I have noticed there are a lot of programs that you can download for linux, but need compiling. How do you do this? I assume you need a compiler, which one do I download? Do I need different compilers for differnet applications? Please help, I’m a puzzeld penguin,.

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Install the gcc, make, and the devel libs, or better the pattern devel
C/C++, to compile you would read the README file that comes with the
program sources, but basically you have to do: “./configure” and if all
is ok you type “make”, if all is ok then as root type “make install”

But better read the README file before, cmake proyects are compiled
different, some QT4 different, etc


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Also as a general rule you should first try to find the package (program) in Software Management in Yast.

Best place to start is here for applications;

Note, you need to be careful installing applications via the one-click
as you can get into conflicts with additional repositories added!

What specific applications are you wanting? It might be better to list
them (after doing a search) so we could offer further advice :slight_smile:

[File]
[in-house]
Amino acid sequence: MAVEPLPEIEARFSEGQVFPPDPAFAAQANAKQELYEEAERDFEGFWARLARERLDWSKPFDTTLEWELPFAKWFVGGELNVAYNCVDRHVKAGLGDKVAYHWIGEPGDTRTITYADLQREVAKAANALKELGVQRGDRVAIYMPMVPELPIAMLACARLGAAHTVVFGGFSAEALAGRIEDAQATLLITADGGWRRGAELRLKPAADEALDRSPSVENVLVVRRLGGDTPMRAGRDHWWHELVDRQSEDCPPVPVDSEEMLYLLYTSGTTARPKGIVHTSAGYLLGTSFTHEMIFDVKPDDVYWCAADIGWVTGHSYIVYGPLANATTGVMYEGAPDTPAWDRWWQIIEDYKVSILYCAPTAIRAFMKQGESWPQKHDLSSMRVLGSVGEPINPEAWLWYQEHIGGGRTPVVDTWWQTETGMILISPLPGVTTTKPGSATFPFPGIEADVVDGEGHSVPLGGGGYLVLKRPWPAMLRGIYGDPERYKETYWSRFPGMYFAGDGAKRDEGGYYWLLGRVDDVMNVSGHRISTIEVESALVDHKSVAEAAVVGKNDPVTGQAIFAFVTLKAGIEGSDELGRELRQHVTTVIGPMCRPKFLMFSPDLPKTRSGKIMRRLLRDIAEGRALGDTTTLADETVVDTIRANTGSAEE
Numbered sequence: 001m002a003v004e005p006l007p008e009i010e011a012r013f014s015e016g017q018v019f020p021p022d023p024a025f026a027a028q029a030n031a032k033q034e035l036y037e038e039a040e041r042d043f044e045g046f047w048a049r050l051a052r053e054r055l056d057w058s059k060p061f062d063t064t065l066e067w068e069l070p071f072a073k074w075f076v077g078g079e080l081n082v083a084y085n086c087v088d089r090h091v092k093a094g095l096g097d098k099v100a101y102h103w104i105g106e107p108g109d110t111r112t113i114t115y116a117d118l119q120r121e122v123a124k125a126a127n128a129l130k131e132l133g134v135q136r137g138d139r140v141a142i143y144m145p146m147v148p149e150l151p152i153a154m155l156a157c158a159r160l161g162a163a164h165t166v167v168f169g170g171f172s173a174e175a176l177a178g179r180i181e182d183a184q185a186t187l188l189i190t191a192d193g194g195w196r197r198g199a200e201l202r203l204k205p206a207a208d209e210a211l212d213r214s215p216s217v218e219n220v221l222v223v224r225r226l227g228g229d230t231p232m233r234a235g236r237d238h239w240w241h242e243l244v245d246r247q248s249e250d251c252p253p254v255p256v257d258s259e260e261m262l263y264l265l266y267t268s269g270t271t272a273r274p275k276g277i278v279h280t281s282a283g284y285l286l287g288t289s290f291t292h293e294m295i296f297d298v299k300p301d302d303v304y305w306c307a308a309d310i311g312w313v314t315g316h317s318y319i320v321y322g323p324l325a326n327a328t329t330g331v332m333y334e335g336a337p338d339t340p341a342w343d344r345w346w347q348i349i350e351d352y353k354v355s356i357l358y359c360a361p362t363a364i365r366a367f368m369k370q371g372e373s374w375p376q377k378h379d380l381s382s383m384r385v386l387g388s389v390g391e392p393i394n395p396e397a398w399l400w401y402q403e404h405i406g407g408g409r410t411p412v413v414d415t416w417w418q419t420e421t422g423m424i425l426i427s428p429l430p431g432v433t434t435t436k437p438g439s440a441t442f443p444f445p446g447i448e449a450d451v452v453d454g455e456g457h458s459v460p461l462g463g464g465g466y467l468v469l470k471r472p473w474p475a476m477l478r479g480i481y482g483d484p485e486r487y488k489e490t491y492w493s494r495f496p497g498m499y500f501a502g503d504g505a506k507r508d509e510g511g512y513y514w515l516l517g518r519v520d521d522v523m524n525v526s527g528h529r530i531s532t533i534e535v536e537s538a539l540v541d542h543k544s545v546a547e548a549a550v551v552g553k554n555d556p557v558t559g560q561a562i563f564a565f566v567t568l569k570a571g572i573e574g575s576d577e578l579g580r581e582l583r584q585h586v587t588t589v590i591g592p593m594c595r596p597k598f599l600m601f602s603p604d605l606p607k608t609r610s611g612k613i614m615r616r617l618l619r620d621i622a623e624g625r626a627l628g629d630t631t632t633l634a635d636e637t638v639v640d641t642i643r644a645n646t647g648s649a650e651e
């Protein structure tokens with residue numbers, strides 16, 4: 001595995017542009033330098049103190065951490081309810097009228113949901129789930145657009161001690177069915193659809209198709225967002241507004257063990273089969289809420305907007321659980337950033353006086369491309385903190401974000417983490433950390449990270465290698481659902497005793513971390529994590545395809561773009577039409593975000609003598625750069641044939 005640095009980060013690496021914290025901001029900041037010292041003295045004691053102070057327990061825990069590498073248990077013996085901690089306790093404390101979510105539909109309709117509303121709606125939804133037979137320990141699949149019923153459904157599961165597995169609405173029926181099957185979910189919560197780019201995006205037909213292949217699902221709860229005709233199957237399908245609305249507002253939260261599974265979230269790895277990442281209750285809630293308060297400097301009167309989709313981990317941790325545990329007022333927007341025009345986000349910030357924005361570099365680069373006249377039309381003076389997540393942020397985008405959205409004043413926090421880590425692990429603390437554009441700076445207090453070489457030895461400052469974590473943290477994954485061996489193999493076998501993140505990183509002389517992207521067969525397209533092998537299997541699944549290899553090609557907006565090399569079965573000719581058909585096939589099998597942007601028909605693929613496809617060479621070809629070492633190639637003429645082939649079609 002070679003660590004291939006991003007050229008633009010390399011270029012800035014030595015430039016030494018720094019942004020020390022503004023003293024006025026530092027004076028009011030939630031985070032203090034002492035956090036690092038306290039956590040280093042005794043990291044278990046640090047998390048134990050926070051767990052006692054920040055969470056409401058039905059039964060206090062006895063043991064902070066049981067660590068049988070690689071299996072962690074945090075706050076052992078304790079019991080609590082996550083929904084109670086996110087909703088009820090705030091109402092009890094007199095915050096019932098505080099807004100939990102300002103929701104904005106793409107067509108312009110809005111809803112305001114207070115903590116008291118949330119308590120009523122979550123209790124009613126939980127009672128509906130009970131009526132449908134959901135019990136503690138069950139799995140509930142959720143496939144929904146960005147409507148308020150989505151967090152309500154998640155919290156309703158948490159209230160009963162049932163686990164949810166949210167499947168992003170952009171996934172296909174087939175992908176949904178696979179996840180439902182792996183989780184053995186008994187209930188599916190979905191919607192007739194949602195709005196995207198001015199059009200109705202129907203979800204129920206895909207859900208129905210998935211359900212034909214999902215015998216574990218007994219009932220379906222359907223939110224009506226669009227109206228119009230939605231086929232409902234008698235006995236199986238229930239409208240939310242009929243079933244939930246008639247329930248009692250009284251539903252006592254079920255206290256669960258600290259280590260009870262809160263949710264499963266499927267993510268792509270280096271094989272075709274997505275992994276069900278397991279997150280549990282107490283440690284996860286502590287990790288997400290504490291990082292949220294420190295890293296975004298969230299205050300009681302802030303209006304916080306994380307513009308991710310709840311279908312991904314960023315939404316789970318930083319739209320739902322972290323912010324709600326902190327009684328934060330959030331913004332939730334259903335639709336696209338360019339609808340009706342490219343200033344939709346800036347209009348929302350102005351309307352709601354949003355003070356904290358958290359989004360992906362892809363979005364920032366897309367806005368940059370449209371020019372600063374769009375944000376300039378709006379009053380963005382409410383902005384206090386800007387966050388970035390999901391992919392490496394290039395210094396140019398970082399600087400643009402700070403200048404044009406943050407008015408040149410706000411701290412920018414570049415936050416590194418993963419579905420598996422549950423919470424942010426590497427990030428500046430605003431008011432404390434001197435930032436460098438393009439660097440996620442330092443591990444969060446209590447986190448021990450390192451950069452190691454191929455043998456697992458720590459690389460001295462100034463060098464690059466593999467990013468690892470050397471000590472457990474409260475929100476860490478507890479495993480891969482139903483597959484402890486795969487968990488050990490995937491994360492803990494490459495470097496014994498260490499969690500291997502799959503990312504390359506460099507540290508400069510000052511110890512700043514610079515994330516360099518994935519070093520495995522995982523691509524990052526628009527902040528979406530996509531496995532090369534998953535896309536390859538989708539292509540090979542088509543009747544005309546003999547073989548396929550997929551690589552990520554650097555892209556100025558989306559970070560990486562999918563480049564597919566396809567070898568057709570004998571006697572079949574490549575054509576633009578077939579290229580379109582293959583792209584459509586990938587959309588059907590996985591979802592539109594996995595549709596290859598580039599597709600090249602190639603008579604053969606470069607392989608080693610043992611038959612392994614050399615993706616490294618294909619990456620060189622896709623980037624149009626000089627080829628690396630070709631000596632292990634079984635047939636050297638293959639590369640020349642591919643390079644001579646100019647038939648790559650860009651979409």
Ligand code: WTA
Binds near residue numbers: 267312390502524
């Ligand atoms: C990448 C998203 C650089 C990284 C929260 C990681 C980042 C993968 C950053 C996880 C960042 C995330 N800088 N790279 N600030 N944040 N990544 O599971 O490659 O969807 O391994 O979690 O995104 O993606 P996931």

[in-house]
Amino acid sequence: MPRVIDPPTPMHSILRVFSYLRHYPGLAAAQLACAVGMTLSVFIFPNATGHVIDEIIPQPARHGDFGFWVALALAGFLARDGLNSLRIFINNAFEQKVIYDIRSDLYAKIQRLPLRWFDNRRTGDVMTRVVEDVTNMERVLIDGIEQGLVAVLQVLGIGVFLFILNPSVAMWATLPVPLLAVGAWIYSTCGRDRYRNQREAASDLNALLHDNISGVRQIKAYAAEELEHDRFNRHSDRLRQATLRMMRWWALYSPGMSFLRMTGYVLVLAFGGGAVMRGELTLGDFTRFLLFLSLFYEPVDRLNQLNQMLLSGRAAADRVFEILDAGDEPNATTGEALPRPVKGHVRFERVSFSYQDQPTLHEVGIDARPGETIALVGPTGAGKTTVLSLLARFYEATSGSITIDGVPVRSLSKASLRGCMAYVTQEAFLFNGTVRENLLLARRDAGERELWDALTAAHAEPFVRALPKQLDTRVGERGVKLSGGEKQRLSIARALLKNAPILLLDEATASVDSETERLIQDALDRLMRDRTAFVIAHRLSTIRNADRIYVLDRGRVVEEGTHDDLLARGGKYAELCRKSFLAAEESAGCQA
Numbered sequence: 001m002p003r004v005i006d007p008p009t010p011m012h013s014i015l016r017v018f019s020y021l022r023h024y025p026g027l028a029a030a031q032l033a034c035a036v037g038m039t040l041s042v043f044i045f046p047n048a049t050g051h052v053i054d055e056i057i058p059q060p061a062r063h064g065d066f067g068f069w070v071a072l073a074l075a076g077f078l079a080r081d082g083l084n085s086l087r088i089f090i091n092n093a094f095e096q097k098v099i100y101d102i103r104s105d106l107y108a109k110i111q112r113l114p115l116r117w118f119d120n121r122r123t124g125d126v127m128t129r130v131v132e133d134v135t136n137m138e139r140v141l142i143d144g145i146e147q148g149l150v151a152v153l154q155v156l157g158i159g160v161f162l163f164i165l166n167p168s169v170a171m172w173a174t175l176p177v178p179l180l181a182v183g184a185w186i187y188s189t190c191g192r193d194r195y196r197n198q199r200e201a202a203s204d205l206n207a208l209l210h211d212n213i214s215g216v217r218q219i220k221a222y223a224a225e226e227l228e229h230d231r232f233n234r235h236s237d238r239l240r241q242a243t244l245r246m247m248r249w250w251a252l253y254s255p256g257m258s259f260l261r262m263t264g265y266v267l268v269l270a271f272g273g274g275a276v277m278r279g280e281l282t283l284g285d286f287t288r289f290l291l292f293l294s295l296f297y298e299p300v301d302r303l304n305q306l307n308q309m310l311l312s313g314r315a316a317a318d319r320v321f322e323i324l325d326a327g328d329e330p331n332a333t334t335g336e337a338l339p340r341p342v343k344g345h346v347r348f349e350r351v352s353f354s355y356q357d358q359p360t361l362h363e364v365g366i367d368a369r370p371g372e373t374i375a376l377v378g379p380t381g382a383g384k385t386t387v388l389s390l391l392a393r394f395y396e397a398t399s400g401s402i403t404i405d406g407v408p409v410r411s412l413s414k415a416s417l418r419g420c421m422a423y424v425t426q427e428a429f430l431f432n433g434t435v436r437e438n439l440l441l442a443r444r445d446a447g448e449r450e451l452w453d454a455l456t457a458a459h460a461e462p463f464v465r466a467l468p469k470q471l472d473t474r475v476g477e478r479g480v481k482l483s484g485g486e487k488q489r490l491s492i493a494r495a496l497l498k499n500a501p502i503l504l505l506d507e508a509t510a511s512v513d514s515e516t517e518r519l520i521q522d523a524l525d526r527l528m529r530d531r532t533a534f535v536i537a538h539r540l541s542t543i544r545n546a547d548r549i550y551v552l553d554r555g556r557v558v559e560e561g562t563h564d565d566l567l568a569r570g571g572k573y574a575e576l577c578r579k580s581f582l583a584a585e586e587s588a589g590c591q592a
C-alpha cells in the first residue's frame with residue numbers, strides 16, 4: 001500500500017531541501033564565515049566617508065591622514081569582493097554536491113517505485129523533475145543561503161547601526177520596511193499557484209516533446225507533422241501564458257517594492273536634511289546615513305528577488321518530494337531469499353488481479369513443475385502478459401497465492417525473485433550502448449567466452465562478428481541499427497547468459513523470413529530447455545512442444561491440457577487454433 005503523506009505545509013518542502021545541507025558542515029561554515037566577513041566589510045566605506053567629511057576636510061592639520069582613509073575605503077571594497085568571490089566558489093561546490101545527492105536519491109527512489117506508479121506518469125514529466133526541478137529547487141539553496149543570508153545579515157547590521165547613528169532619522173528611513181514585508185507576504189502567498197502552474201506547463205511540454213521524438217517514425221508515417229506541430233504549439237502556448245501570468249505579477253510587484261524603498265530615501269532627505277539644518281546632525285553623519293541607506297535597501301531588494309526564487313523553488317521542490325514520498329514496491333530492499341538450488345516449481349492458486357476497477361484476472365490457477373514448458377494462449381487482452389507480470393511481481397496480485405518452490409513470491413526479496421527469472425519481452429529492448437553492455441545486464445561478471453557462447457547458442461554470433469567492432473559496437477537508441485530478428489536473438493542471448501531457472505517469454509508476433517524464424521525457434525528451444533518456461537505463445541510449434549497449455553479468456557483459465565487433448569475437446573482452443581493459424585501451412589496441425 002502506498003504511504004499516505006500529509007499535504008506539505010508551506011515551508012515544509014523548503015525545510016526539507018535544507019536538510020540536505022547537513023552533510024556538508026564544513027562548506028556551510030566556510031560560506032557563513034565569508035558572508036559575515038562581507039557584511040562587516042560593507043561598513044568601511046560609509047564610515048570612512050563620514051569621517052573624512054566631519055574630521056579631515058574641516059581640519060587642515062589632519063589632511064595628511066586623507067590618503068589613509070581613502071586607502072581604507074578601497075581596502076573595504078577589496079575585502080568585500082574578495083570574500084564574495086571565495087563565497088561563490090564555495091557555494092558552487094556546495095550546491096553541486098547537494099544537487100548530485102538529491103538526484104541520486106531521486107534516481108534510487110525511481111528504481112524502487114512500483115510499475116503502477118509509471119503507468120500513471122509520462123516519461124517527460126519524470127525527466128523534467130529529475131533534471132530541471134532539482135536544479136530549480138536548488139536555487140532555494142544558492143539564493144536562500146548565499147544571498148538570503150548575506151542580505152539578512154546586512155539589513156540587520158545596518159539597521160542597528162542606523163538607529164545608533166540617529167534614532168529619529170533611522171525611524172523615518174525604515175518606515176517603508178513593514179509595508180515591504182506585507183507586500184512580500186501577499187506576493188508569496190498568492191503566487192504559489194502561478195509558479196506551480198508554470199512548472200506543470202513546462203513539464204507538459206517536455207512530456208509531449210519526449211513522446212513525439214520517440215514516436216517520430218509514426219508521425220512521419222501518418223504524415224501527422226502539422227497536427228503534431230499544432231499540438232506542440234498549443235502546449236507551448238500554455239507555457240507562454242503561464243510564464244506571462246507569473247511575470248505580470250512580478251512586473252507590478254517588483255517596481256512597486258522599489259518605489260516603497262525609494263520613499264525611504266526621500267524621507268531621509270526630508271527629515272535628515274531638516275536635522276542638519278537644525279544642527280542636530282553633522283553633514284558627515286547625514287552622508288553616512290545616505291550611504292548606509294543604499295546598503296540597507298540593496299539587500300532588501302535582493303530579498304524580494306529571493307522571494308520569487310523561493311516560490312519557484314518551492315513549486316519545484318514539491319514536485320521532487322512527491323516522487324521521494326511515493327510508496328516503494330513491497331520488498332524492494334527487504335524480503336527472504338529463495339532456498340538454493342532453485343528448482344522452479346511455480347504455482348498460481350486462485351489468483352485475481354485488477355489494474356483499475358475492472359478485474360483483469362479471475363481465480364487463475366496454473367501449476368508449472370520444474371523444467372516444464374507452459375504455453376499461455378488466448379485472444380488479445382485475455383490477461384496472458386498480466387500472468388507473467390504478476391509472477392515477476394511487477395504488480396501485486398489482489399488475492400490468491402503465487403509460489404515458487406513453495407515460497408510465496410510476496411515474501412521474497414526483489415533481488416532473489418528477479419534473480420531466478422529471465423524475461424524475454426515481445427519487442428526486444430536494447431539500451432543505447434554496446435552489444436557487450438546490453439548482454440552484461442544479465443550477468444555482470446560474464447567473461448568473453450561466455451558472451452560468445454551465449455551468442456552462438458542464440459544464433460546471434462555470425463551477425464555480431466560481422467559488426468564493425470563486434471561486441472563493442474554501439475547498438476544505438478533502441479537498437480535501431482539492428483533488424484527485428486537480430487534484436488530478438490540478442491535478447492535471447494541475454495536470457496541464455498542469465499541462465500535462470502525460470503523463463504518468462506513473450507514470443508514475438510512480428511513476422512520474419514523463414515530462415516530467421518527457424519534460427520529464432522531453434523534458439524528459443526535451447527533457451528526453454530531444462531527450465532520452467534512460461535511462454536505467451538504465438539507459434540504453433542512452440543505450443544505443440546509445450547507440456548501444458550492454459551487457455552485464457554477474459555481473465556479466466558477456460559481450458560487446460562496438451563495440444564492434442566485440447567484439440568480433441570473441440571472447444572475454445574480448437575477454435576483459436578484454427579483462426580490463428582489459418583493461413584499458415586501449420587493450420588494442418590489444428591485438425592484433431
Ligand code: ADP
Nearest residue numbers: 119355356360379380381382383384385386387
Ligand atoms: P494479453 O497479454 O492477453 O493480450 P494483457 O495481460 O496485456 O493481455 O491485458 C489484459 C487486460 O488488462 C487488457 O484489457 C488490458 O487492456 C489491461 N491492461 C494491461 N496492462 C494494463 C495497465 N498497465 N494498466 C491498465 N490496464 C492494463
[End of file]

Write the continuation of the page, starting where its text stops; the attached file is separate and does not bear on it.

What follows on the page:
To compile you normally need gcc make gcc-c++ and the rpms
<somename>-devel but can get confusing… you can install development
patterns as well via YaST to install for example KDE4 development if
that is what you wanting to compile and it should install most of the

Again, it’s best to stick with just the oss, non-oss and update
repositories (and packman), and just ask for advice here on the forum :slight_smile:

Cheers Malcolm °¿° (Linux Counter #276890)
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VampirD already said it, but I want to make it a little more clearer that
the source code based programs have clearly completely different

Many are written in c but some need completely different prerequisites (for
example sbcl needs a working lisp system to be compiled). Often the README
does not contain all information you need to compile the system (sometimes
needed libraries or headers are not mentioned) so you can get stuck if you
are not a programmer who knows how to find the missing dependencies.

That is exactly the reason why the most important applications are available
in binary form in nearly every linux distribution. deb packages for debian
and its derivatives (ubuntu, mint …) and rpm packages for opensuse,
fedora, red hat …

To make compiling/installing from source easier I always install the KDE development pattern and the Kernel development pattern.

Of course if you’re running Gnome you’d want the Gnome development pattern.